huntkc at gmail.com
Thu Sep 17 12:38:41 BST 2015
On Thu, Sep 17, 2015 at 2:26 AM, Alex Y. Kwan <litalex at gmail.com> wrote:
> On 17 September 2015 at 07:25, Marc Wilson <marc.wilson at gmx.co.uk> wrote:
> > I can't remember where I came across this minor fact, but apparently
> > "Vor" is Russian for "thief".
> > This gave me the same level of amusement as the discovery that "Tory"
> > was an old epithet for a highway robber.
> > Sorry if this is old hat on the list; it was new to me. :)
> Sorry, but, it wasn't new to the characters either. Somewhere, Duv said
> something like, "So Vor does mean thief."
That has a history. As I understand it, Lois didn't know Vor was a word for
an aristocratic/upper-class thief in Russian when she came up with the
prefix, but a fan told her about it at one point.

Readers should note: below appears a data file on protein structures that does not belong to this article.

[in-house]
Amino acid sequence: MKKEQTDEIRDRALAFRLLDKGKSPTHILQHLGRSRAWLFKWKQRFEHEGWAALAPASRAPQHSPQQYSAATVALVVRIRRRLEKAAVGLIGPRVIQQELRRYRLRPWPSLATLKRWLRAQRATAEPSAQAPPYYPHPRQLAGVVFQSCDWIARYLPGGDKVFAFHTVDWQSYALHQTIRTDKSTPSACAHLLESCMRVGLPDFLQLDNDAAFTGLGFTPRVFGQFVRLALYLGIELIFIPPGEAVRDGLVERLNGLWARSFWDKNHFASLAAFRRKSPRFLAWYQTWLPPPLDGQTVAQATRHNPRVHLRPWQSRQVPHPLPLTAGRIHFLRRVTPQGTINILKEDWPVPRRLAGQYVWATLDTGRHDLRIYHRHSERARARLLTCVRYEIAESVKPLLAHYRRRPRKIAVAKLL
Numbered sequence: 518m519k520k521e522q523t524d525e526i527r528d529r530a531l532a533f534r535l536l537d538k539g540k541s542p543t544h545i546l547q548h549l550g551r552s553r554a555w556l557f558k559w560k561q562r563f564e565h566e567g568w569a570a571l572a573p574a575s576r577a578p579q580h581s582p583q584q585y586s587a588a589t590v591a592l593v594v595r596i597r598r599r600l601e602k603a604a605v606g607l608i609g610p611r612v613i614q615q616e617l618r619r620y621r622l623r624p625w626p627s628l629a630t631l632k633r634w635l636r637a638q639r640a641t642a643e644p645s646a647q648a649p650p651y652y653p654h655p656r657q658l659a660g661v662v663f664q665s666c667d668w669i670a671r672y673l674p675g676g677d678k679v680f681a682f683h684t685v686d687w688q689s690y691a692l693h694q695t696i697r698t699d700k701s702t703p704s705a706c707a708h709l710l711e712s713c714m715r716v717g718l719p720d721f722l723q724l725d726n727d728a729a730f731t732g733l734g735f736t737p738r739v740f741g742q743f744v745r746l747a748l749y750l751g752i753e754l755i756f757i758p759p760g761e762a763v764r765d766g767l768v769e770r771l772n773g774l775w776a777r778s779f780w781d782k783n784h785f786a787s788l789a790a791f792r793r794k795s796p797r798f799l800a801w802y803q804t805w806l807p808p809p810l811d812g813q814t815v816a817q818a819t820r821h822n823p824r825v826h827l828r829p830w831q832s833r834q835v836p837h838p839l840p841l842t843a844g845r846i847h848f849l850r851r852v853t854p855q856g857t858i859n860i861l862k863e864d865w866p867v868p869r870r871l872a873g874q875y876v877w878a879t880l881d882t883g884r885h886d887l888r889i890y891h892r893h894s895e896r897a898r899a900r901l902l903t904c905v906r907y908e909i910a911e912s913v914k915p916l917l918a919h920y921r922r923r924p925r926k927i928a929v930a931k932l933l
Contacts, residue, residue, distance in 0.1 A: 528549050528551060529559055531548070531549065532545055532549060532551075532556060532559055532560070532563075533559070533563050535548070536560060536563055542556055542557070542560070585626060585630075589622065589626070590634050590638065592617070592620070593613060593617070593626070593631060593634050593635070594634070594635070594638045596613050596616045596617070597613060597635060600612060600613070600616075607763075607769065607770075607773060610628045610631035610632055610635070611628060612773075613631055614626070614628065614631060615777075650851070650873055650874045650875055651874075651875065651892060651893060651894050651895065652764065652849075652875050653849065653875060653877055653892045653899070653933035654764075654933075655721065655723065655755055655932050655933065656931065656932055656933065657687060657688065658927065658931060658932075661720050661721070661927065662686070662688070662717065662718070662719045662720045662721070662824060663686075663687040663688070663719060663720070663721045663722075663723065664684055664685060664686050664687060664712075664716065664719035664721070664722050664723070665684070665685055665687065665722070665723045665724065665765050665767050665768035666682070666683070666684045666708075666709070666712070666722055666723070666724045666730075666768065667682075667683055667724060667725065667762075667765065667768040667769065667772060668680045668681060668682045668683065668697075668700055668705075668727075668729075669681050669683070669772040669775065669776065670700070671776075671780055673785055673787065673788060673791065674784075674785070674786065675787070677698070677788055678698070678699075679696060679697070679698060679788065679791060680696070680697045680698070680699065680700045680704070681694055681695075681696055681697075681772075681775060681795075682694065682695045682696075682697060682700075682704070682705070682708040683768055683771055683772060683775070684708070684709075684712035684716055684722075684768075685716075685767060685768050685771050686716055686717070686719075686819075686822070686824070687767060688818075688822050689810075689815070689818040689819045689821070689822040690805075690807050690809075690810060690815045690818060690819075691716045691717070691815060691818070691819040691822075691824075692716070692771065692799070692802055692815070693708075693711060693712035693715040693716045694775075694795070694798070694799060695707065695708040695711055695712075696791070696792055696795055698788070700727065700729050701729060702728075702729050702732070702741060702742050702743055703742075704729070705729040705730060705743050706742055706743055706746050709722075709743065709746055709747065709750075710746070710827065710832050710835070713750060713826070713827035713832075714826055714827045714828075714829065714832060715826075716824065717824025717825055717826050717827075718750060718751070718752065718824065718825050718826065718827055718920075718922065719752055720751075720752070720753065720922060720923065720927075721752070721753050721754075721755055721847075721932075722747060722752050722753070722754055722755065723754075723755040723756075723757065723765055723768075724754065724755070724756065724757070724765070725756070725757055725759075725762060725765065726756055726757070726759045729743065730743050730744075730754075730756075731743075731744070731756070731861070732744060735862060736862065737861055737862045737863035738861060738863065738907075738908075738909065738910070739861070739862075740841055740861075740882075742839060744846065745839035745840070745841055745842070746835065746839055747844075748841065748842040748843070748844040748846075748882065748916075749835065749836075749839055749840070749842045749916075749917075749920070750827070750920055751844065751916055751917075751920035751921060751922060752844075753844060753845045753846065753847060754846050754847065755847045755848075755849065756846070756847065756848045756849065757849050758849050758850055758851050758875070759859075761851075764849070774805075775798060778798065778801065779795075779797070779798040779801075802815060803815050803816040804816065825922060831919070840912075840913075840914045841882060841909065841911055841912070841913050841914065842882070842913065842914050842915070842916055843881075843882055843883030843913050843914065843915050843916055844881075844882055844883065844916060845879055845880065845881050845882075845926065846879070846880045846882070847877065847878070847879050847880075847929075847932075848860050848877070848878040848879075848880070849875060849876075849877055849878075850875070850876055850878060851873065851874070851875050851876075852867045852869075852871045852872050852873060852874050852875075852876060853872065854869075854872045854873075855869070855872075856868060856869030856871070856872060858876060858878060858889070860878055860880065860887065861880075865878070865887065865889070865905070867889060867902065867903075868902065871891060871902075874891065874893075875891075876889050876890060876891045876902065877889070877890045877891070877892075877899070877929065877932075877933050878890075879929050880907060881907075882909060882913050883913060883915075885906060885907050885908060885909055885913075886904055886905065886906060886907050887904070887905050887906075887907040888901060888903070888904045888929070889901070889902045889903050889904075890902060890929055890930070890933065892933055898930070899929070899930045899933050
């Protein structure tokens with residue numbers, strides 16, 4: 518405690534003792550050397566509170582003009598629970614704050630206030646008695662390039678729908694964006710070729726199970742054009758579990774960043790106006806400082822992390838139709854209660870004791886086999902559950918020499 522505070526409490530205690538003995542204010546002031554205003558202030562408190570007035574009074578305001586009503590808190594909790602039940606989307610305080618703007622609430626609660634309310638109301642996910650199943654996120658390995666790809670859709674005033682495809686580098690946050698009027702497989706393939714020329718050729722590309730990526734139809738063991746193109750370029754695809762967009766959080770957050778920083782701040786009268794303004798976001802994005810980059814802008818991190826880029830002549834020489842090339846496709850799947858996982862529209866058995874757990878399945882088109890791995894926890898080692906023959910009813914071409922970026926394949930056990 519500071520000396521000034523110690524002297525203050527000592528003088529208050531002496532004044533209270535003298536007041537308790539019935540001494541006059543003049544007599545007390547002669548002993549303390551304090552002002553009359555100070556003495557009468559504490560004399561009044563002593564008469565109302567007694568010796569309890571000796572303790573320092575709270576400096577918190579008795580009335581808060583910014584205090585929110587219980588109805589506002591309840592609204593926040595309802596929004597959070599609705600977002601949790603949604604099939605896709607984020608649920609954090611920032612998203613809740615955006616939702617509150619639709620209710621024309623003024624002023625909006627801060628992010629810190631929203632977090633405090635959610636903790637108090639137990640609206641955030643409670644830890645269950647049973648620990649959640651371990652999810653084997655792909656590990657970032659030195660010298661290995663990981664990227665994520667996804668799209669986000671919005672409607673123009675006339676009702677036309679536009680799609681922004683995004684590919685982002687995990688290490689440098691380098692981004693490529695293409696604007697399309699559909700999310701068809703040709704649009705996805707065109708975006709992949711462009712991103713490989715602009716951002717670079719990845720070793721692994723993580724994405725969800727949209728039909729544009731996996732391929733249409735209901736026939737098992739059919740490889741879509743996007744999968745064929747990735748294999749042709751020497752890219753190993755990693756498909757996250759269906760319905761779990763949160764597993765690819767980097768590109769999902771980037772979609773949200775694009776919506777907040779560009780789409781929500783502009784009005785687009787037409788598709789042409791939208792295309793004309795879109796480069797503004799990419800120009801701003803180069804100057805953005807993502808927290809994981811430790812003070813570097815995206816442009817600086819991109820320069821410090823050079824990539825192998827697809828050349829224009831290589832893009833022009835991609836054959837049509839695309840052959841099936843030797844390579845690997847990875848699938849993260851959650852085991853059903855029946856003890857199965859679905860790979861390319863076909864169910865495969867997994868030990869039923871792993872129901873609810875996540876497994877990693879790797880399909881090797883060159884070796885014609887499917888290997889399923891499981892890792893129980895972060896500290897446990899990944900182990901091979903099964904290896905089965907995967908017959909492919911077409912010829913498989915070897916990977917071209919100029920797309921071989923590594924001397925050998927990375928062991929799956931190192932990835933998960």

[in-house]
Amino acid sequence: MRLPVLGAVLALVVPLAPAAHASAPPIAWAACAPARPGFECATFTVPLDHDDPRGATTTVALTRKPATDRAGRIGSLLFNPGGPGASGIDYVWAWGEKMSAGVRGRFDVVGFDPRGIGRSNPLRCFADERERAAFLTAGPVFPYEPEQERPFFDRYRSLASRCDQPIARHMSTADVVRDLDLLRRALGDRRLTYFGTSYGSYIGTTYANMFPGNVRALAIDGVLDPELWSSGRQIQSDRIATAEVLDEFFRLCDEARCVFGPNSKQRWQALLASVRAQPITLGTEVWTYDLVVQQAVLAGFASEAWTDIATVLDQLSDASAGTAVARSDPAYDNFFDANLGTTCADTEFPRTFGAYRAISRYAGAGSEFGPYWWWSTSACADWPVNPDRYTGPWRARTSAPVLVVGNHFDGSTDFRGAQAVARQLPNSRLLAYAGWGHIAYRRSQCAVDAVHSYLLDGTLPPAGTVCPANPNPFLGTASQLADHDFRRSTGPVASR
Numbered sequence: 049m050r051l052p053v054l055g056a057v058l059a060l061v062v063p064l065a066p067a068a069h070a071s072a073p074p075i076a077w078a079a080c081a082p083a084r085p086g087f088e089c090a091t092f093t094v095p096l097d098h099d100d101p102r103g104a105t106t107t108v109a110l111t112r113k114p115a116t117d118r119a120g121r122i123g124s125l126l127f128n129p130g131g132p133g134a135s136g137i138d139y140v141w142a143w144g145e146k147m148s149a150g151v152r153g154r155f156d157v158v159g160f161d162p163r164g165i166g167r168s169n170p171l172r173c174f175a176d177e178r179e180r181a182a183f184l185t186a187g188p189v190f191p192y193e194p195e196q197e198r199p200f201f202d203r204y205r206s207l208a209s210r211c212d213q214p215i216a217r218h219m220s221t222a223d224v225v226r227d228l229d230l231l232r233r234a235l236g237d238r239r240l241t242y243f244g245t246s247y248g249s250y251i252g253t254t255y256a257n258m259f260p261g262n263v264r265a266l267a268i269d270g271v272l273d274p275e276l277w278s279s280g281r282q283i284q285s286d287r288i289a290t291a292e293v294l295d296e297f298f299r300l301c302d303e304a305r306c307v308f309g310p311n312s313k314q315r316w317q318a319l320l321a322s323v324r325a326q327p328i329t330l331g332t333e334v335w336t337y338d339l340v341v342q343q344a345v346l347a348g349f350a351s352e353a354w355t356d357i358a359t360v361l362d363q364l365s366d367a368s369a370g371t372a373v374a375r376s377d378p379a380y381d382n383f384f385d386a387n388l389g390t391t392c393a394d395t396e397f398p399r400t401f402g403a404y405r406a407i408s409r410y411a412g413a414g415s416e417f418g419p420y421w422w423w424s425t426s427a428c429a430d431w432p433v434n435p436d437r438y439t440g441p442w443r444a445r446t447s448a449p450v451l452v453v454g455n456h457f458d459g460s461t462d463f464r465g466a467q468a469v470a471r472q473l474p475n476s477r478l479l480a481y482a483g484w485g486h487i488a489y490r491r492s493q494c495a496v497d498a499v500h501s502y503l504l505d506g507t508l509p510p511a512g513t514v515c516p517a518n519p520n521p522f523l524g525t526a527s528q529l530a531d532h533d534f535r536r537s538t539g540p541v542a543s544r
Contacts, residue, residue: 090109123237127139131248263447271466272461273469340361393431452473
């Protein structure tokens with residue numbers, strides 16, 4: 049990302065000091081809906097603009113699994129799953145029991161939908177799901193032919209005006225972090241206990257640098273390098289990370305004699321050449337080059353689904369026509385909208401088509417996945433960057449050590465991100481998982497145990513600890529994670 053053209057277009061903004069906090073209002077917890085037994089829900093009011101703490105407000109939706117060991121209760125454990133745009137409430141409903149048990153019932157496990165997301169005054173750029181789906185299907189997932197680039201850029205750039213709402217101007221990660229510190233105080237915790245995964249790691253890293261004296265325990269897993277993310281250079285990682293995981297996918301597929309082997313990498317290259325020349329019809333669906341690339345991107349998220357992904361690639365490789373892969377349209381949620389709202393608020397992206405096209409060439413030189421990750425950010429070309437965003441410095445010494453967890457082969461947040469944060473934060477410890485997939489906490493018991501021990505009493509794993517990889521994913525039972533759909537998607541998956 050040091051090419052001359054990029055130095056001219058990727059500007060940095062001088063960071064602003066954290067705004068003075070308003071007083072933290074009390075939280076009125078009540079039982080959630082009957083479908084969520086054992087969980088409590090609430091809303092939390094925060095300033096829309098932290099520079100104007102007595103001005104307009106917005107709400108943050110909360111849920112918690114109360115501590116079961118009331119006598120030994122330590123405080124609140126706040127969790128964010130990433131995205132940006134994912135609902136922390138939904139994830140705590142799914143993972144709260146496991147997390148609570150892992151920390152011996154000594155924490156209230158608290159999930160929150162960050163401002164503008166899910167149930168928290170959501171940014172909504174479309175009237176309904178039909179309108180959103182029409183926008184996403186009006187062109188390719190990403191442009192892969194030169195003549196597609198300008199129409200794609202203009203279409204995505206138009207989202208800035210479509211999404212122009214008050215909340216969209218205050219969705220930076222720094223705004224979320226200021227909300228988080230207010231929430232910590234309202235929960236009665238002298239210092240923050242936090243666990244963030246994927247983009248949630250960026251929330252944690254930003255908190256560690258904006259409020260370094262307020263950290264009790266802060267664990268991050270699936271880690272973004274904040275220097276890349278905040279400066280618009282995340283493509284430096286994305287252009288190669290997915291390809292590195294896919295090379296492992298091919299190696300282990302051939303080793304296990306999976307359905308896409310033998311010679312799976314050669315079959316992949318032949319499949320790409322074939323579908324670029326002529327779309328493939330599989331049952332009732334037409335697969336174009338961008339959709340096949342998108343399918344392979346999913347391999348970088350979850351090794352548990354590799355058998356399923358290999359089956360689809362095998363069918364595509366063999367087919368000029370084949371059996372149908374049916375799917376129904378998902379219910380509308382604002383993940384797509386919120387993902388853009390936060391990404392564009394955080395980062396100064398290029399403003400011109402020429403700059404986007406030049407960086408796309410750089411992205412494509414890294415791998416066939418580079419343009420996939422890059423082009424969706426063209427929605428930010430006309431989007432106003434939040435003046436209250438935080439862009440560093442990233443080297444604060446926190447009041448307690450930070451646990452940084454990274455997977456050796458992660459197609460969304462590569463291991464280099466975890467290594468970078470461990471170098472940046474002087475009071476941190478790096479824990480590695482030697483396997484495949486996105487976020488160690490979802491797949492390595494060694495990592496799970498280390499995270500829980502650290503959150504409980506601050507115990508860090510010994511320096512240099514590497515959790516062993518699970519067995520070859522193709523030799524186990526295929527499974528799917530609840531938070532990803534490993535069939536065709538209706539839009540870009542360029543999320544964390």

The quote is from Memory, right after Duv has learned that Laisa is going
to marry Gregor - he was talking to Miles and Ivan over the com at the time.
The Russian versions of the books have the prefix as For instead of Vor
(I'm not about to try to put Cyrillic characters up on my screen, sorry) so
that the "thief" meaning is de-emphasized. That way the jokes are still
easy to make, but the characters aren't going around calling each other
Thief-Kosigan and Thief-Barra.
There's some discussion of it on the wikia, at the end of the Vor article:
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